Israel Study Tour with The Kings University

October 27 - November 8, 2016

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The Sign of Jonah As Never Seen Before

“You can all get in the water!” announced Rod, our tour Rabbi. Immediately, I lost my shoes, socks, and iPhone, thankfully. I made my way carefully through the rocky river side, only to realize the rocks never stop once you get in the water, you just can’t see them. The current got stronger, about thigh deep, but with poor footing it is a constant balancing act. I stumbled into a spider-like position, and discovered it quite convenient if I moved sideways. I dipped my head in the water in self-baptism, my whole body submerged. I yelled underwater, “Lord cleanse me!” knowing my cry would remain private.

Two of our guys had made it to the other side, and were inviting us to “cross the Jordan.” I saw the meaning of that and excitedly moved sideways and crossed the Jordan too! No doubt generations of Jews before me laughed in heaven seeing my innovative spiderman cross. I made sure I got out of the water to claim a full crossing.

After crossing back, I stayed in the water at the shore. By then others were being baptized a few feet away. Then one closer to me asked me to baptize her. Wow! “What an honor!” I thought to myself. I led her to assume my spiderman position, and I prayed for her as she came up from the water. Mine was a priestly prayer. As living water makes people clean by infusing life and washing away death, so I prayed for her mind, eyes, mouth and ears, heart, hands and feet to be cleansed and infused with life. She loved it! Then another one came to be baptized. And another. And then a fourth one. The zeal, fire, urgency and prophetic tone of my prayers for them surprised even me.

I got out and walked to our bus. I was so peaceful. Serene. How can raging waters result in peace? The sign of Jonah. Stay with me and I tell you what I mean.

Later in the afternoon, as the sun weakened, we arrived at Jericho. The road up to Jerusalem from Jericho is a steep ascent and a narrow path. Worshipers since ancient times went up this rout on their way to the temple for the feasts. As they went, they sang the Psalms of Ascent, comprised of Psalms 120 to 134. Unlike the worshipers, we hiked in silence. Rod asked us to meditate on Yeshua going up to Jerusalem one last time, to be crucified. As He reached the temple, multitudes received Him to shouts of “Hoshiana,” “Save us!” But the praising voices of the multitudes in just a few days would turn into raging waters. And He would become the Sign of Jonah…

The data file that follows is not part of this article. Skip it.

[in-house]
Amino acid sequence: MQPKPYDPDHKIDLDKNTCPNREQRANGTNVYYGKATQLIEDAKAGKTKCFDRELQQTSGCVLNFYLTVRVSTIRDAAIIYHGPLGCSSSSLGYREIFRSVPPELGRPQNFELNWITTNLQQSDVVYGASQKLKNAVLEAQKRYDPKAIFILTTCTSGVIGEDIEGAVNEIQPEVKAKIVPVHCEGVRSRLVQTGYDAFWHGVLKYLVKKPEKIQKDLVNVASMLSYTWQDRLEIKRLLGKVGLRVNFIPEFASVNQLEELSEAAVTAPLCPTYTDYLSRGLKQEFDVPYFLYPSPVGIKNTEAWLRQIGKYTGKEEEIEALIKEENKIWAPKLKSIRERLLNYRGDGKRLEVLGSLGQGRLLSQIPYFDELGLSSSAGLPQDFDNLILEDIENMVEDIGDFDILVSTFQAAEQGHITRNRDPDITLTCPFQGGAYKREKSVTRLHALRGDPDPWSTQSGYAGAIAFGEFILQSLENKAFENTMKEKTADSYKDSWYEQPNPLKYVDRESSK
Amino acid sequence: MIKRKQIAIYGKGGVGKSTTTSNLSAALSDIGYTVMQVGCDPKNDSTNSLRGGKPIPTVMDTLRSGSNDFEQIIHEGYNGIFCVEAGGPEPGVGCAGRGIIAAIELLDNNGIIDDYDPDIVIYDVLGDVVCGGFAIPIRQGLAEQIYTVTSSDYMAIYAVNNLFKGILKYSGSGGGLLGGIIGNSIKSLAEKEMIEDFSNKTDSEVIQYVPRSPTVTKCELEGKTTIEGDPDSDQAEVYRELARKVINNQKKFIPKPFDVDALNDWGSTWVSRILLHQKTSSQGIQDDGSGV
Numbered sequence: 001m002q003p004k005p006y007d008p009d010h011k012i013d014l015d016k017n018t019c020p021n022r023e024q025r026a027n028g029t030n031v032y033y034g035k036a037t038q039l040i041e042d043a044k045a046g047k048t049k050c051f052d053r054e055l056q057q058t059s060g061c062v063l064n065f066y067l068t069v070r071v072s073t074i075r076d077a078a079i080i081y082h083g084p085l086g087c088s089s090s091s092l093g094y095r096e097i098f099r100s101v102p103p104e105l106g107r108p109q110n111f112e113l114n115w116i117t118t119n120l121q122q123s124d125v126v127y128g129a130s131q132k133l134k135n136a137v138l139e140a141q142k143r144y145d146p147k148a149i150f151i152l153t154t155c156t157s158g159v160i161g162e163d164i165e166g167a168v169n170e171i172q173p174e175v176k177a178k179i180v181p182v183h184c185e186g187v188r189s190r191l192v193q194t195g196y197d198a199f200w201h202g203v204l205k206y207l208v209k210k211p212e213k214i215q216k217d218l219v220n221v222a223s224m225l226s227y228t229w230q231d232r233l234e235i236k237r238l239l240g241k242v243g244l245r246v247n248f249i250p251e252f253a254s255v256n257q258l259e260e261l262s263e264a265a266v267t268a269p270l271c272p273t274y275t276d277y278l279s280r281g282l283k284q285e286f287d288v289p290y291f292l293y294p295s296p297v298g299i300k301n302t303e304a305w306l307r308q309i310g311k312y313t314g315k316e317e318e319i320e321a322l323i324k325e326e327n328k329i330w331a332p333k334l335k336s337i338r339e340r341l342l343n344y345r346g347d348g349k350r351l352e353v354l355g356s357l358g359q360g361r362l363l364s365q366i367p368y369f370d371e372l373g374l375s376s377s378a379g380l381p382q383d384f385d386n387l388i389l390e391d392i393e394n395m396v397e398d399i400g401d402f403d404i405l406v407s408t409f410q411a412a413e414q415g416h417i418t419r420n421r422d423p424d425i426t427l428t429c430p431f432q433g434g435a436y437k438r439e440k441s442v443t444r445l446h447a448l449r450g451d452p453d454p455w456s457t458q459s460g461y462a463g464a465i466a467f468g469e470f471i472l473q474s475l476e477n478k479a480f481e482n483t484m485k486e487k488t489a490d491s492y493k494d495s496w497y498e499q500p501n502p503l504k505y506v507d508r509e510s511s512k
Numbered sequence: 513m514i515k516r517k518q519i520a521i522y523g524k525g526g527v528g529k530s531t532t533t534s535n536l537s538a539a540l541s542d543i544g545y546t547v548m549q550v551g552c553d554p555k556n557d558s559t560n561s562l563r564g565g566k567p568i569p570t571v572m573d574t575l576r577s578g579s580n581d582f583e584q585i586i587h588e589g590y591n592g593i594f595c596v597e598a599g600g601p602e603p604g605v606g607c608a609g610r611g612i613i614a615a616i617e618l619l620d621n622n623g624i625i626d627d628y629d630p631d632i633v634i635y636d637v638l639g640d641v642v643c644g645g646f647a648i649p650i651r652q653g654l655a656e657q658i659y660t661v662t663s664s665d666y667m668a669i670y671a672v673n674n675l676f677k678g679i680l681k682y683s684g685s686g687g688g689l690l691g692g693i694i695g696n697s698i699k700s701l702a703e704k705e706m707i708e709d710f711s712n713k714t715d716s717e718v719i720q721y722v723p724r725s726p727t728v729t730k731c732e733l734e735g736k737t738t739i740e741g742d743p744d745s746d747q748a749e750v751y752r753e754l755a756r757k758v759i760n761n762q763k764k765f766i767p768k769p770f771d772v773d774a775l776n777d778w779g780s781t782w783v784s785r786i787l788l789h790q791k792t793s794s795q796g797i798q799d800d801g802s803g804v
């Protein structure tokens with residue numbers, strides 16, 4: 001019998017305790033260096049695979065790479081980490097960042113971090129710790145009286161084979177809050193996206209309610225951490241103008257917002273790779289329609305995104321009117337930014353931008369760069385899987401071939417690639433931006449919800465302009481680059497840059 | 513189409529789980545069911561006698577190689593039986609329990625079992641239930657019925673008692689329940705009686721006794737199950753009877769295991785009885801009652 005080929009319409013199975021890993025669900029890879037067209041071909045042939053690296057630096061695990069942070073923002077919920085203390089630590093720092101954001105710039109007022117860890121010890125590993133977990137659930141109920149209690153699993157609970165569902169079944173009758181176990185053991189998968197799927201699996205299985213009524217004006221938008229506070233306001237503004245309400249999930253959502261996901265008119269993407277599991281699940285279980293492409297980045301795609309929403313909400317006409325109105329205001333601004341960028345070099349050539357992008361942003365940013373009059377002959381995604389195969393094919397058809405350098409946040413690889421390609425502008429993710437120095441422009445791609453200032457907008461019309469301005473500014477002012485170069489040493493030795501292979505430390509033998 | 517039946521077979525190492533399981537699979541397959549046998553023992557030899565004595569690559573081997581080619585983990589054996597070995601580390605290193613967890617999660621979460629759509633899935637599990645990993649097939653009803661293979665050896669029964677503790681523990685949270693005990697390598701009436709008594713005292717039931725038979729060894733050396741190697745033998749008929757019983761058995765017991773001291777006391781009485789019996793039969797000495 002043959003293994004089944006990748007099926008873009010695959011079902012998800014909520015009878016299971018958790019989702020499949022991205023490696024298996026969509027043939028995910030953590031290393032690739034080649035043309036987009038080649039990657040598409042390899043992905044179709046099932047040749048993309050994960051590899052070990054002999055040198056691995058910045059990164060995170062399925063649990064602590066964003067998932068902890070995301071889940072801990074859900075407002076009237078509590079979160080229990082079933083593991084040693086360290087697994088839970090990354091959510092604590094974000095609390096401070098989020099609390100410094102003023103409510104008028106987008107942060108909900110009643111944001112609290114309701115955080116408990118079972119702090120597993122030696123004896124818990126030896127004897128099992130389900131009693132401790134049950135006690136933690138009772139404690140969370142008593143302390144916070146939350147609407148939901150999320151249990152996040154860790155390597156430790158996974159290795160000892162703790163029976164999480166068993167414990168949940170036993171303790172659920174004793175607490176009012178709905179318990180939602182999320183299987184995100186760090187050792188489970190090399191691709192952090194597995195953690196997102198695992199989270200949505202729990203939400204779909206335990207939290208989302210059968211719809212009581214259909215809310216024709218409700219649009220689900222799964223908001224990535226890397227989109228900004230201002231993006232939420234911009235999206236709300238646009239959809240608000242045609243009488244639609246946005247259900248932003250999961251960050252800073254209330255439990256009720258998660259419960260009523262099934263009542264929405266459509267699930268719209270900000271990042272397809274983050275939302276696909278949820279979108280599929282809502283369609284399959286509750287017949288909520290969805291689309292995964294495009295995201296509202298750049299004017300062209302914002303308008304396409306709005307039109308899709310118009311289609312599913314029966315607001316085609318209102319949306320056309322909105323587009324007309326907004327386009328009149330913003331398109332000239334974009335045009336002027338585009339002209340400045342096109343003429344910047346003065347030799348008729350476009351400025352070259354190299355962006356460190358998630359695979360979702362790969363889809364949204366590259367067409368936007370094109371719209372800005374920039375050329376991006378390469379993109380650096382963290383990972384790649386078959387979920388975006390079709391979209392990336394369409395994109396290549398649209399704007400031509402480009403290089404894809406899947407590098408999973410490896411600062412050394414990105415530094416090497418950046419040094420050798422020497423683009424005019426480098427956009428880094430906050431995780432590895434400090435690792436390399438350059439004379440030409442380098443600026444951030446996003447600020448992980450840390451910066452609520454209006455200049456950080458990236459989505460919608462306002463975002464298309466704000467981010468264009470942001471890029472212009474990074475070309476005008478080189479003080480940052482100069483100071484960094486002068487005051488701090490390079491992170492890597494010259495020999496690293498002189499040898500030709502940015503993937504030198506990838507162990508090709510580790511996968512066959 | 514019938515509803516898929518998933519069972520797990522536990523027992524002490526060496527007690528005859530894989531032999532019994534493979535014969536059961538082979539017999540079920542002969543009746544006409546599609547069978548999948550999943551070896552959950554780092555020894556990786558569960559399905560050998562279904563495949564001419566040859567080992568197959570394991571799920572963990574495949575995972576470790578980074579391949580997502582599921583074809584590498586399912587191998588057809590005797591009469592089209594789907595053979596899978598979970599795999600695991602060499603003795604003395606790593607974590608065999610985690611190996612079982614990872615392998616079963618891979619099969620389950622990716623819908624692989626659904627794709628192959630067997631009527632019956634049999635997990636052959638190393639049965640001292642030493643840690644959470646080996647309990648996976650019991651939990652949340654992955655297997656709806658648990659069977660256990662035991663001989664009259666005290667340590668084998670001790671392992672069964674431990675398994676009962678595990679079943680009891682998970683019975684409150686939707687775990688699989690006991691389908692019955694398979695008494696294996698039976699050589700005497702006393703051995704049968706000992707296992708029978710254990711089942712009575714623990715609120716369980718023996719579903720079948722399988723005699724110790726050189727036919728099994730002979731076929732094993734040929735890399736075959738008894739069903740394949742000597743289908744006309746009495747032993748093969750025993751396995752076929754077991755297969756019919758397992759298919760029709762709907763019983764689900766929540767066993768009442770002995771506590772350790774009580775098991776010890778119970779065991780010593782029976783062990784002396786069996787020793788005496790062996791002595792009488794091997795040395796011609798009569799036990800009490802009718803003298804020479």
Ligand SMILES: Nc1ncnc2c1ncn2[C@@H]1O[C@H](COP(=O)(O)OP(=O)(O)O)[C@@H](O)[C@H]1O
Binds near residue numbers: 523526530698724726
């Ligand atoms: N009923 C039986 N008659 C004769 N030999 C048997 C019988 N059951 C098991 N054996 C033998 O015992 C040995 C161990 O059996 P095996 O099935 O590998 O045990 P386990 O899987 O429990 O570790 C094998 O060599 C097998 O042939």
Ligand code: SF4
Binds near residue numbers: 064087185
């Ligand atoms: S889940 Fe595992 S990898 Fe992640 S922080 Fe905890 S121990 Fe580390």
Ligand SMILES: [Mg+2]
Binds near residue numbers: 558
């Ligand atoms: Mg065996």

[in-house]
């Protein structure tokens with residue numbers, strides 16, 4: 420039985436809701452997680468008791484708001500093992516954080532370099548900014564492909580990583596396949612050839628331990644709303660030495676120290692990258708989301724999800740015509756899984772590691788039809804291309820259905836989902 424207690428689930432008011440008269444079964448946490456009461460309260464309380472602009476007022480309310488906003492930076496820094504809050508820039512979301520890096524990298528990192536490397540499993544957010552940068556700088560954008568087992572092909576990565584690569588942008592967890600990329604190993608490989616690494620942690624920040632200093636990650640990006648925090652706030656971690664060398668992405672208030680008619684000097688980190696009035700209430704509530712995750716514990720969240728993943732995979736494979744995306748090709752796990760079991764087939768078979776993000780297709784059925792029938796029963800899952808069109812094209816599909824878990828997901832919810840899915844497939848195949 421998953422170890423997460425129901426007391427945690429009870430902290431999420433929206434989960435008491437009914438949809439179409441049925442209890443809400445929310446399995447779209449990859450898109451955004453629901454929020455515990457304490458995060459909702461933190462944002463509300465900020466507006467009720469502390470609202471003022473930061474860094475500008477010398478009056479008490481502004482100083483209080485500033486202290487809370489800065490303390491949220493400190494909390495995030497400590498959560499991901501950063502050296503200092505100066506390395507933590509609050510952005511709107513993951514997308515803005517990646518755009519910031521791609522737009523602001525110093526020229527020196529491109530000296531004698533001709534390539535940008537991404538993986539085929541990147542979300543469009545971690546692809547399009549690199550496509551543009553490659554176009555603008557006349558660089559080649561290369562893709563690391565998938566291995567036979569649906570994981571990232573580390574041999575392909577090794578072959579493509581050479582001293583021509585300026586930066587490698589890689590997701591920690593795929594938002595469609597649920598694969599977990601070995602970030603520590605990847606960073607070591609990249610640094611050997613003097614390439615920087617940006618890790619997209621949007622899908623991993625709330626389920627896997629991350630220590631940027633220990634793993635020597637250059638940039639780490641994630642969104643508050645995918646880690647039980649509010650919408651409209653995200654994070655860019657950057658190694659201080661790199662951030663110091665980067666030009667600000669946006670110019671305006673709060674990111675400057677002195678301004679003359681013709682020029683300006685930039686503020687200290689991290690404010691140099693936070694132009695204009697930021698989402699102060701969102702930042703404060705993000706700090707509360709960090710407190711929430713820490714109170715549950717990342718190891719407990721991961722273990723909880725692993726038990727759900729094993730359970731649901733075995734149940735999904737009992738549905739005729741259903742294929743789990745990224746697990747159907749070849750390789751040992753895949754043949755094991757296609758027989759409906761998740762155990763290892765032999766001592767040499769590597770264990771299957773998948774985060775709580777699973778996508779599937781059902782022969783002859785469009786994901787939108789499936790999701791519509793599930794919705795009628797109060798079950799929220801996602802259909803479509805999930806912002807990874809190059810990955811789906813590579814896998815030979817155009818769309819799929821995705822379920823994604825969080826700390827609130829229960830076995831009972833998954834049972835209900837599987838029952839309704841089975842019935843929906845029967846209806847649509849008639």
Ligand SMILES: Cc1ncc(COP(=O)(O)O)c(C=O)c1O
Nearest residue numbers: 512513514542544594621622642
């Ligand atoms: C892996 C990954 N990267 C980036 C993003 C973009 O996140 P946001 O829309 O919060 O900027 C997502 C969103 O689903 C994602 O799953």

The “City of Palms” spreads out on the west side of the Jordan River at 825 feet below sea level. In Jesus’ day a new center had been constructed on the wadi banks in the foreground by the Hasmonean rulers and Herod the Great.

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The beautiful Jerusalem sky greeted us as we arrived at our hotel. We showered and ate, and headed to the remains of the absolute most holy place on earth —the Western Wall. I said, “Lord, I need to be infused with your life, with your Word before approaching your place.” He gave me Psalm 104:

Psa. 104:5
He established the earth upon its foundations,
So that it will not totter forever and ever.
You covered it with the deep as with a garment;
The waters were standing above the mountains.
At Your rebuke they fled,
At the sound of Your thunder they hurried away.
The mountains rose; the valleys sank down
To the place which You established for them.
You set a boundary that they may not pass over,
So that they will not return to cover the earth.

My takeaway was, “A word from God rebukes the raging waters.” See a developing theme?

I asked to Lord to give me a word at the Kotel, the Wall. After arriving there, I ritually washed my hands at the water fountain, like I learned from my very first Rabbi fifteen years ago. I approached slowly, contemplative, again wondering, as I did my first time almost four years ago, when was the last time my Spanish Jewish ancestors, forced into Catholicism, were at that very Wall. I got to the Wall and found a spot. I took my glasses off and leaned my head, touching it with my hands, as if embracing it. I felt like the man in Yeshua’s story who couldn’t even raised his eyes to heaven, but prayed, beating his chest and saying, “Forgive me, Lord, for I am a sinner.” All I could say under my breath was “Atah Kadosh! Atah Kadosh, Abba!” “You are Holy! You are Holy, Father!” Then I switched “Atah Kadosh. Ani Lo.” You are Holy, I am not.” Tears ran down. A feeling of wholeness filled me. His word to me was, “I give you the sign of Jonah. Under my wings you are complete, you are healed, you are not an orphan.”

The sign of Jonah begins with Noah, as Rod taught us. Noah sent a dove into the raging waters of the abyss. The Hebrew word for dove? Jonah. The sign of Jonah is, then, that the Son of Man would be thrown into the raging waters… and calm would come three days later. That’s what happened with Jonah. That’s what happens with us too. Into raging waters we are all sent. As doves. And He brings calm through us.

May it be so. Selah.

—Joey Benami

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